By: Kebba Ansu Manneh
Demba Ali Jawo, Chairman of the Gambia Center of Victims of Human Rights Violations and former Minister of Information, has condemned the use of the Gambia Radio and Television Services (GRTS) by President Adama Barrow to downplay the suffering of victims and castigate political opponents, activists, and journalists.
According to him, former President Yahya Jammeh used the same State broadcaster that belongs to all Gambians as a tool to attack his opponents and suppress his critics, arguing that GRTS should not allow such acts to continue and must remain ethical in giving equal space and attention to other members of the public as the President.
D.A Jawo made this statement at a press conference organized by the Association of Non-Governmental Organizations (TANGO) meant to condemn and express concern over recent utterances of President Barrow while opening the political bureaus of his ruling National People’s Party (NPP), where he hauled attack and threats at his political opponents, journalists and activists.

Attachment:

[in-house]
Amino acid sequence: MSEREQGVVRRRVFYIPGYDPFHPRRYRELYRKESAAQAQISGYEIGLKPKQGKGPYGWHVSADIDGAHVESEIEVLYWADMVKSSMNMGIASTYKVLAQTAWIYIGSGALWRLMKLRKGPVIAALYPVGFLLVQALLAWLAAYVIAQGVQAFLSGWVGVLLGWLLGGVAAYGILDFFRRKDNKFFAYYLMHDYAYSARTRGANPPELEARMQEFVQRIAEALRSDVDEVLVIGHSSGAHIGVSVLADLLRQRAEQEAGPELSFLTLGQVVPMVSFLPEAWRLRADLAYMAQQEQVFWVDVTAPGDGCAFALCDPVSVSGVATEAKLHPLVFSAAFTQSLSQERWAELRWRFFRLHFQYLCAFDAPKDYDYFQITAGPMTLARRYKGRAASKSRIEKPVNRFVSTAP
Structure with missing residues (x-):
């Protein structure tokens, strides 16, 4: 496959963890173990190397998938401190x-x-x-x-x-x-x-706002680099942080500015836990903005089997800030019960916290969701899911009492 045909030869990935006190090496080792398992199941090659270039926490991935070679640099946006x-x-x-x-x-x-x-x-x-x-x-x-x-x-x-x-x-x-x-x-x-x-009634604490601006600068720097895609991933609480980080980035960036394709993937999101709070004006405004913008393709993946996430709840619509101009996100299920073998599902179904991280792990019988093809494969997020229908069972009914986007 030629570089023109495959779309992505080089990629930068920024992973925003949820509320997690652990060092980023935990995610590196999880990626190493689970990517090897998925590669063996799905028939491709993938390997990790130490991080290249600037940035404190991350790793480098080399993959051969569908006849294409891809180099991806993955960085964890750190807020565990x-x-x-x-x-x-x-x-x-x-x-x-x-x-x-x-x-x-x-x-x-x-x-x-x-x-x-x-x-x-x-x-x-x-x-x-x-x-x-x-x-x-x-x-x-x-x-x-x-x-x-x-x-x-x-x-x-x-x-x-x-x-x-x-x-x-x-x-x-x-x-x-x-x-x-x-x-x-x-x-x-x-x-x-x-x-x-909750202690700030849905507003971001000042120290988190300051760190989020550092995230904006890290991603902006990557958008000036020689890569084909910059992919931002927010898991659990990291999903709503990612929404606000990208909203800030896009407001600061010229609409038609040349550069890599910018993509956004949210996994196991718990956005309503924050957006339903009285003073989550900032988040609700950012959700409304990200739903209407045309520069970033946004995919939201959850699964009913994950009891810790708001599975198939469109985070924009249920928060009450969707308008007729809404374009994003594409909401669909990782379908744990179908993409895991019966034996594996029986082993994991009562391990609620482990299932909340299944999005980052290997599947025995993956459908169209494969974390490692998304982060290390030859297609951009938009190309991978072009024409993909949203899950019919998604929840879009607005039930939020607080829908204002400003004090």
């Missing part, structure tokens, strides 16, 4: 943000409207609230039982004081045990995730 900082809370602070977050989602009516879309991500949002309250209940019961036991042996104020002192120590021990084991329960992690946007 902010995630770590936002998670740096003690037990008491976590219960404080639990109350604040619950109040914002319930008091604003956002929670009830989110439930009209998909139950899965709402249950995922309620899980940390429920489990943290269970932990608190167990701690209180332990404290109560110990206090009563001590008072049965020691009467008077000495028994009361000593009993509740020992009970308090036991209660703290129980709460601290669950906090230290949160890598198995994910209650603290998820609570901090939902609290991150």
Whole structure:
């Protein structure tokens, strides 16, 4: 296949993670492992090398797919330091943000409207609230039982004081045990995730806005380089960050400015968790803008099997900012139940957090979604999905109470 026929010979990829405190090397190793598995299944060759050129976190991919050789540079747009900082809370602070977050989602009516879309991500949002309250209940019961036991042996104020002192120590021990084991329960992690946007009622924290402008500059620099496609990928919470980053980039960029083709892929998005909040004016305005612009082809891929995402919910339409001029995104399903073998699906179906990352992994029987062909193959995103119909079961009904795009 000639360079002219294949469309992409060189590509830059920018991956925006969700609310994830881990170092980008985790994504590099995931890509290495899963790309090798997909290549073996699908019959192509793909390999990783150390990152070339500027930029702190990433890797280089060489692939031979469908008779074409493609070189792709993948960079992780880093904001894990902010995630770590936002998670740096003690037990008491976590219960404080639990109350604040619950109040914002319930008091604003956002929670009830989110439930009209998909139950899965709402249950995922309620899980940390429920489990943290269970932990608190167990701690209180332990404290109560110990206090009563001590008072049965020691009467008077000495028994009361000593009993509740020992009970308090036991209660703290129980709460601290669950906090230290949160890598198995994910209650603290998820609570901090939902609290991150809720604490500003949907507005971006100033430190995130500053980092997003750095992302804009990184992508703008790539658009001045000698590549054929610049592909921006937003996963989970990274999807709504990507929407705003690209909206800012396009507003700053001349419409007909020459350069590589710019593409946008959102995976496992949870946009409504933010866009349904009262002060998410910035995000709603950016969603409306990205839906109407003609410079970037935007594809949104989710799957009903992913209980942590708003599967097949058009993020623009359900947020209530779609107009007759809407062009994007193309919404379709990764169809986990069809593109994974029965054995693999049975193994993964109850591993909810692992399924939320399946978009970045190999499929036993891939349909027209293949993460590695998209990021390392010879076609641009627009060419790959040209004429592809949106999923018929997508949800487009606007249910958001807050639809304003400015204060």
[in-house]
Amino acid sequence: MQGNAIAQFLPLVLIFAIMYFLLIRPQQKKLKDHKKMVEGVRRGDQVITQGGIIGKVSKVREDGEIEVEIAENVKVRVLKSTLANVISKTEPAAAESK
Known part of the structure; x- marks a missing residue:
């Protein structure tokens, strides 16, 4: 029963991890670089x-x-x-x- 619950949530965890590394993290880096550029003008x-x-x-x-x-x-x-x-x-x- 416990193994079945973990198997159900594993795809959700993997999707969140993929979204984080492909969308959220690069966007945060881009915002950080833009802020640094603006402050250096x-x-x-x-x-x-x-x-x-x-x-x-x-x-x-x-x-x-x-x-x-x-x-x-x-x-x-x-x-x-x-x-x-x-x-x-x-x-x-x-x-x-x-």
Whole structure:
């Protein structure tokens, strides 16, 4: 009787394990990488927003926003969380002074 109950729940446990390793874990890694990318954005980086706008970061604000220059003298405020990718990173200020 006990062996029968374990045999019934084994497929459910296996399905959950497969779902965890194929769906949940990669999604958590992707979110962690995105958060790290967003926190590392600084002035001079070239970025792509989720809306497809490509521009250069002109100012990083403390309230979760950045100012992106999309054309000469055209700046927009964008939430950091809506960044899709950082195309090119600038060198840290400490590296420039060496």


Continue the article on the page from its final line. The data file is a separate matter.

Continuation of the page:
“President Jammeh used that platform, and the platform he used is GRTS, which is a public service broadcaster that belongs to every Gambian. So if he (President Adama Barrow) used GRTS and the people he is criticizing are not given the same opportunity to respond through GRTS, I think that is unfair and unethical,” D.A Jawo highlighted.
He added: “I expected the GRTS to take their responsibilities and ensure that they give all Gambians equal opportunities but not one side. Suppose it is a political speech that President Barrow is supposed to make or having a political rally. In that case, he can hire private media to cover his events, as his colleague President Macky Sall of Senegal would do without using the RTS. This State institution belongs to all the citizens.”
The Victims Center Chairman also condemned the President for belittling the late Nogoi Njie at his political gathering, noting that the victims have paid the highest price with their lives and limbs to usher in the current dispensation in which Barrow led, saying the Gambia doesn’t need any more victims and that all victims deserve respect from all Gambians.
“We are very concerned about any attempt to belittle victims because we all know what they have gone through. We are aware how some people paid for it with their lives, some with their limps; it’s so serious, so we expect everybody to pay some respect for the victims,” D.A Jawo, Chairman of the Victims Center, underscored.
He finally called on the attention of the civil society organizations in the country to take their rightful position on the ongoing issues, noting that civil societies should also remind the President that he did not give democracy to Gambians; instead, Gambians fought for it and won it through the ballot box.